Healthcare spending is on track to tick up, eclipsing the growth of the gross domestic product and propelling the health share of the economy to 19.7 by the year 2026, according to new estimates released from the Office of the Actuary at the Centers for Medicare and Medicaid Services and published by Health Affairs.
Fueled by both economic and demographic factors such as changes in projected income growth and swelling Medicare enrollment as baby boomers flood the program, national health spending is expected to grow at a rate of 5.5 percent for 2017–26, outpacing projected growth in gross domestic product by one percent. The health share of the economy will hit 19.7 percent by 2026, a nearly two percent rise from 17.9 percent in 2016, the data showed.
Prices for medical goods and services are also forecasted to grow from historically low rates of 1.1 percent per year to 2.5 percent per year for 2017–26, with prescription drugs the fastest growth of 6.3 percent per year. That figure is owed largely to increased spending on specialty drugs.
The insured population, however, is expected to shrink from 91.1 percent in 2016 to 89.3 percent in 2026 thanks to the repeal of the individual mandate, the study said.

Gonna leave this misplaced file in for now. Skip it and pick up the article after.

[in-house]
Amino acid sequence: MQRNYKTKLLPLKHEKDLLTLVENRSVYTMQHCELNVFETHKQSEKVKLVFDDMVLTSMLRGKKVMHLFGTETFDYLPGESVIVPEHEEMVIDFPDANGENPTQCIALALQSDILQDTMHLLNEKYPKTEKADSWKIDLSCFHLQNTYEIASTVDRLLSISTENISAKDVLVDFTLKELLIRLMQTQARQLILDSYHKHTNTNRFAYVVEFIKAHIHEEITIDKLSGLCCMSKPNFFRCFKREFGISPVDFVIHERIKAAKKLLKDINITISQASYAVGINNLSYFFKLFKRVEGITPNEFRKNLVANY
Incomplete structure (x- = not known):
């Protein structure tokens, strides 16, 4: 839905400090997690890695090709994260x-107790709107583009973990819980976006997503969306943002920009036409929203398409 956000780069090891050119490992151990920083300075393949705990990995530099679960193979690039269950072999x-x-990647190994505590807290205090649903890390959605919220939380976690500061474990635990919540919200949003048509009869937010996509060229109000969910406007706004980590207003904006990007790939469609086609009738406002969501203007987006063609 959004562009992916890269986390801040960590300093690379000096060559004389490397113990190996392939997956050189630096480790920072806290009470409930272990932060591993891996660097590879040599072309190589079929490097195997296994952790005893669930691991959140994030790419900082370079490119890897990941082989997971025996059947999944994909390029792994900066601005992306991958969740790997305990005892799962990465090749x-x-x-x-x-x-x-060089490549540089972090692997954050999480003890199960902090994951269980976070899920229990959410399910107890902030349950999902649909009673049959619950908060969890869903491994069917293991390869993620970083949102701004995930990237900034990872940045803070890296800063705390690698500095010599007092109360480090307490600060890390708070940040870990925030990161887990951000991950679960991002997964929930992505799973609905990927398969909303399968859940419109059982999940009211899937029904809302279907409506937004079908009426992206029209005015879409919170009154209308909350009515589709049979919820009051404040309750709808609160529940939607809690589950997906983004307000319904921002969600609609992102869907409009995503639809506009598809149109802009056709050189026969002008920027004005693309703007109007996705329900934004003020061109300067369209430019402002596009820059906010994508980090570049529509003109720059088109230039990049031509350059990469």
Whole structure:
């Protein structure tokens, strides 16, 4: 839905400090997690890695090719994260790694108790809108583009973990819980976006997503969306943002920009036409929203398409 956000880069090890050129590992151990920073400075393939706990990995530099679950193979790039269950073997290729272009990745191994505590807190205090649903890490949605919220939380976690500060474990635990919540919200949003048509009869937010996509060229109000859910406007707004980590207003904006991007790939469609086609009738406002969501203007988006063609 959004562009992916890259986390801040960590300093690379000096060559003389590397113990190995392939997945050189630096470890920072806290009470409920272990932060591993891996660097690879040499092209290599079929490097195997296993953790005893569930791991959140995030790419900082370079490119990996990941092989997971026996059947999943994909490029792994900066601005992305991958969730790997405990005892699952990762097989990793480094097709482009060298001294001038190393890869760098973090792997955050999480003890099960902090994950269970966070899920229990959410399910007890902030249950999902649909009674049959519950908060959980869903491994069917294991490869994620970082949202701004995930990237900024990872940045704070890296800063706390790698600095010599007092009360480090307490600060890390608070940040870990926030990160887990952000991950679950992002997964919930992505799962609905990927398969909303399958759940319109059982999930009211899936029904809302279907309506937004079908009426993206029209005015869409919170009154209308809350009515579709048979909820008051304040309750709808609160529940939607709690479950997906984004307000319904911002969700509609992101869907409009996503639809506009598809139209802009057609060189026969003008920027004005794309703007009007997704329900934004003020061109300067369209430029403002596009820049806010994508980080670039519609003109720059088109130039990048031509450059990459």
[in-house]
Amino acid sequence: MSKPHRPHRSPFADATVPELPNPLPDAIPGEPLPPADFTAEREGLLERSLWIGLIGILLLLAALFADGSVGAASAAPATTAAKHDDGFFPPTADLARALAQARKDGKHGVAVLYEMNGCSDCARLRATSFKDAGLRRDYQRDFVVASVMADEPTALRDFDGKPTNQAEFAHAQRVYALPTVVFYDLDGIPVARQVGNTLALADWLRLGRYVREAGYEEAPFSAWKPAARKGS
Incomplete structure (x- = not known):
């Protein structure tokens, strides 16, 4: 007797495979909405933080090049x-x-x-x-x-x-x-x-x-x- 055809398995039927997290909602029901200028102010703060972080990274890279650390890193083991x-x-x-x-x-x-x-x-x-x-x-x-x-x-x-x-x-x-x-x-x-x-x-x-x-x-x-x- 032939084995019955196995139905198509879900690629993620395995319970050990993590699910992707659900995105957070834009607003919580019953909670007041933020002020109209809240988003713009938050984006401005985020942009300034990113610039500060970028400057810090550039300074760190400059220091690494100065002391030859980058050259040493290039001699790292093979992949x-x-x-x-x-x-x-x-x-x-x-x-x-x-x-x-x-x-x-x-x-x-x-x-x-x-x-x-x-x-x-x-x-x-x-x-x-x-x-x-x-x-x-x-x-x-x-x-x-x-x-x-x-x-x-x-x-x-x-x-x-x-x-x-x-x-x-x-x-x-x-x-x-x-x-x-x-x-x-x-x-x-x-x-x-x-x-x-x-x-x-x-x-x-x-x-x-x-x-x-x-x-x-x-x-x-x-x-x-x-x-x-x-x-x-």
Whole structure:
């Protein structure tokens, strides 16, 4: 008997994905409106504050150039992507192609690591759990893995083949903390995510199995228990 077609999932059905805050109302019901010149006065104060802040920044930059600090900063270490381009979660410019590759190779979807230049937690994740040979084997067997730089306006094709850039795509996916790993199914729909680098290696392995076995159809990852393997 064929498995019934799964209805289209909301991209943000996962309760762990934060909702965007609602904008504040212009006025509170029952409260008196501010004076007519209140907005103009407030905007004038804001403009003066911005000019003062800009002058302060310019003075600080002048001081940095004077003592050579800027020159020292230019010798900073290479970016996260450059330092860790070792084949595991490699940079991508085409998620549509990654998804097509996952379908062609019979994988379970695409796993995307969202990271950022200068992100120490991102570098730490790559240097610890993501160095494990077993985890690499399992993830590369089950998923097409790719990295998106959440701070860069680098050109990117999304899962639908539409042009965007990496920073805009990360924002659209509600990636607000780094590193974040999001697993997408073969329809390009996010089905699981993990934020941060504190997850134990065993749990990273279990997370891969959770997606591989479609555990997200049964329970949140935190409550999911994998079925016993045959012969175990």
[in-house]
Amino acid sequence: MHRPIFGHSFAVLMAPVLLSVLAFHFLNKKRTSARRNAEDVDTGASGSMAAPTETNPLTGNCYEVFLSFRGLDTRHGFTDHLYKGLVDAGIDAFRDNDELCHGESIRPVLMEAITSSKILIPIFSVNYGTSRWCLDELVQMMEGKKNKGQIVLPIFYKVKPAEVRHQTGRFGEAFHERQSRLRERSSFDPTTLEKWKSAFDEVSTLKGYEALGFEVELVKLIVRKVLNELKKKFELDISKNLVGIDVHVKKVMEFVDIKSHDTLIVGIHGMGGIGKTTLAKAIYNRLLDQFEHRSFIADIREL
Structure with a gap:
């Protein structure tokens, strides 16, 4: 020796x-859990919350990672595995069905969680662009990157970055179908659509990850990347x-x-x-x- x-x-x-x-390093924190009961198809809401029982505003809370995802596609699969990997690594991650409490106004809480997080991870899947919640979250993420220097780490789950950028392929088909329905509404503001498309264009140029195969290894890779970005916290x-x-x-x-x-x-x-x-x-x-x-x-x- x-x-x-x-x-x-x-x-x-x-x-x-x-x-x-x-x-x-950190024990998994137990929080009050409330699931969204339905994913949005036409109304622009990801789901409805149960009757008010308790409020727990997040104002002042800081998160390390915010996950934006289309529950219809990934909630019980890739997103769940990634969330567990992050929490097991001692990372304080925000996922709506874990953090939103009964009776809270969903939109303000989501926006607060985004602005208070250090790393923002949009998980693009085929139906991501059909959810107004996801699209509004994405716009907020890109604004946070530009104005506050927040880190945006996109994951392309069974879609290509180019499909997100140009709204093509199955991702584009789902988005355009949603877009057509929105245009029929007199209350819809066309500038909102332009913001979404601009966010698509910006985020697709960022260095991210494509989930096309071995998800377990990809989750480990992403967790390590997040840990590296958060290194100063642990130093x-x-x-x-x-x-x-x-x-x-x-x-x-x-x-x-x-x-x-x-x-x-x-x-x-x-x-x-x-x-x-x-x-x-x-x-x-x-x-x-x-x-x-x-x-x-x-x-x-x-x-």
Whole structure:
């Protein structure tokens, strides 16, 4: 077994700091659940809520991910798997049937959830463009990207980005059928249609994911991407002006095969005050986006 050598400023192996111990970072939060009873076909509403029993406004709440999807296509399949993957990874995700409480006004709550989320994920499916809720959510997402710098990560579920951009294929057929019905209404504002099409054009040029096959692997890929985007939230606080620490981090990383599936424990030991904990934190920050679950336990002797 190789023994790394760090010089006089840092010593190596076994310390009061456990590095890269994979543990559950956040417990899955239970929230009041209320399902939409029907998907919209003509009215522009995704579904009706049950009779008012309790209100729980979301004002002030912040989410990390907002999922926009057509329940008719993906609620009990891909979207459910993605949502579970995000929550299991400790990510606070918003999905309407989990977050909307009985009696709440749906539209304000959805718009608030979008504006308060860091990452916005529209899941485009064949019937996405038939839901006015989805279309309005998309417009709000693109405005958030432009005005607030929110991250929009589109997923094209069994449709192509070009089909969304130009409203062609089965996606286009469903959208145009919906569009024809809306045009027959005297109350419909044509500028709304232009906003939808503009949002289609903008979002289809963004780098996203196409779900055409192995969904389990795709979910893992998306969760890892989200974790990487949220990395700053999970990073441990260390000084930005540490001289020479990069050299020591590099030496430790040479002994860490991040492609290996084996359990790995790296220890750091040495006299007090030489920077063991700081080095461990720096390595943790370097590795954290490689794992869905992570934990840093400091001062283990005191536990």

"Although there remains considerable uncertainty regarding the future of health policy, we expect health spending growth to increase over this next decade as a result of economic and demographic trends," says Gigi Cuckler, an economist in the Office of the Actuary at CMS and lead author of the Health Affairs study. "Moreover, it is expected that employers, insurers, and other payers will continue to work to manage the use and cost of health care goods and services."
Figures for 2017 show national health spending has been on an upward roll already, with national health spending projected to have grown 4.6 percent in 2017, up from 4.3 percent
Medicare spending growth climbed to 5.0 percent in 2017 from 3.6 percent in 2016, largely due to faster projected growth in spending per beneficiary. However, Medicaid spending growth grew at a slower pace of 2.9 percent in 2017. A spike of 3.9 percent in 2016 was attributed to a one-time increase in Medicaid's risk-mitigation recovery payments, the study said.